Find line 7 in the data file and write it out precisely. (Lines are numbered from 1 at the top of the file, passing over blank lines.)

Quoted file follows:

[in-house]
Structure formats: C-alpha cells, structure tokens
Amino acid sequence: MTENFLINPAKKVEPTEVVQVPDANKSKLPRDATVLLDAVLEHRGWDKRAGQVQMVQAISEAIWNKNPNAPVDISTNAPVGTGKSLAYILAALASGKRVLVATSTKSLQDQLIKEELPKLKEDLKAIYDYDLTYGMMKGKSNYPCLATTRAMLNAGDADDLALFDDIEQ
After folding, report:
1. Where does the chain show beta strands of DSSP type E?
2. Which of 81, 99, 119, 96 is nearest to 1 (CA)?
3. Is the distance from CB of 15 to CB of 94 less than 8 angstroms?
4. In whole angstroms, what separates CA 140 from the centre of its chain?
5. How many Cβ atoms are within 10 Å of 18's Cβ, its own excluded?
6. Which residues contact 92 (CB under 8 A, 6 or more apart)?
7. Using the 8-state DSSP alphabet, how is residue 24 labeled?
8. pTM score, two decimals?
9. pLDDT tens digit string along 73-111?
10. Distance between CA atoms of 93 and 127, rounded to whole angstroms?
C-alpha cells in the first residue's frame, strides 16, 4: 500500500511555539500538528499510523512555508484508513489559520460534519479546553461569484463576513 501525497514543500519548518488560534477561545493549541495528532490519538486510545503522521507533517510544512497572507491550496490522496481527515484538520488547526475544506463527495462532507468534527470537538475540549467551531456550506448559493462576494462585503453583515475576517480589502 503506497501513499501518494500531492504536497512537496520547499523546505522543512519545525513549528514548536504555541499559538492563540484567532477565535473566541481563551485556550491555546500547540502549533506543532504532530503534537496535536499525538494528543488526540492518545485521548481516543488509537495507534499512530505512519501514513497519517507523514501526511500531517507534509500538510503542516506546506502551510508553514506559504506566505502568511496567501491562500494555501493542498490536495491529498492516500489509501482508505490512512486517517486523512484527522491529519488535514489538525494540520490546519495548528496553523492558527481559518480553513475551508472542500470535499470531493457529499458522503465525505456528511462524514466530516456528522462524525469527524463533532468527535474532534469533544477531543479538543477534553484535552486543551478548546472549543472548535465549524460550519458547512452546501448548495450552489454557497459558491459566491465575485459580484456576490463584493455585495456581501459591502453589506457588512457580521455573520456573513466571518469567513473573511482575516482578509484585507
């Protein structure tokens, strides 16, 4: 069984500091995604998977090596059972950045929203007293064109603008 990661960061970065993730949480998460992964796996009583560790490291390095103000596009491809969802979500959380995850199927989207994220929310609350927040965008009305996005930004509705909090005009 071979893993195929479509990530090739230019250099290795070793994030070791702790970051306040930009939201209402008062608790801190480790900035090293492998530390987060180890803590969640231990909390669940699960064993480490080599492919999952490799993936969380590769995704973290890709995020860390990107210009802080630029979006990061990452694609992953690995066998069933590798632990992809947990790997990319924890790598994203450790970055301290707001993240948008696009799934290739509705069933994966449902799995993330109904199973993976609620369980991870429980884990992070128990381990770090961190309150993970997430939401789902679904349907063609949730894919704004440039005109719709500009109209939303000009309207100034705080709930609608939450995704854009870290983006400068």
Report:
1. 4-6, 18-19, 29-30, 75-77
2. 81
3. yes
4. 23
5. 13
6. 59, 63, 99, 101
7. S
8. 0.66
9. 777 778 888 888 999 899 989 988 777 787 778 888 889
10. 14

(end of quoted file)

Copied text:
3. Is the distance from CB of 15 to CB of 94 less than 8 angstroms?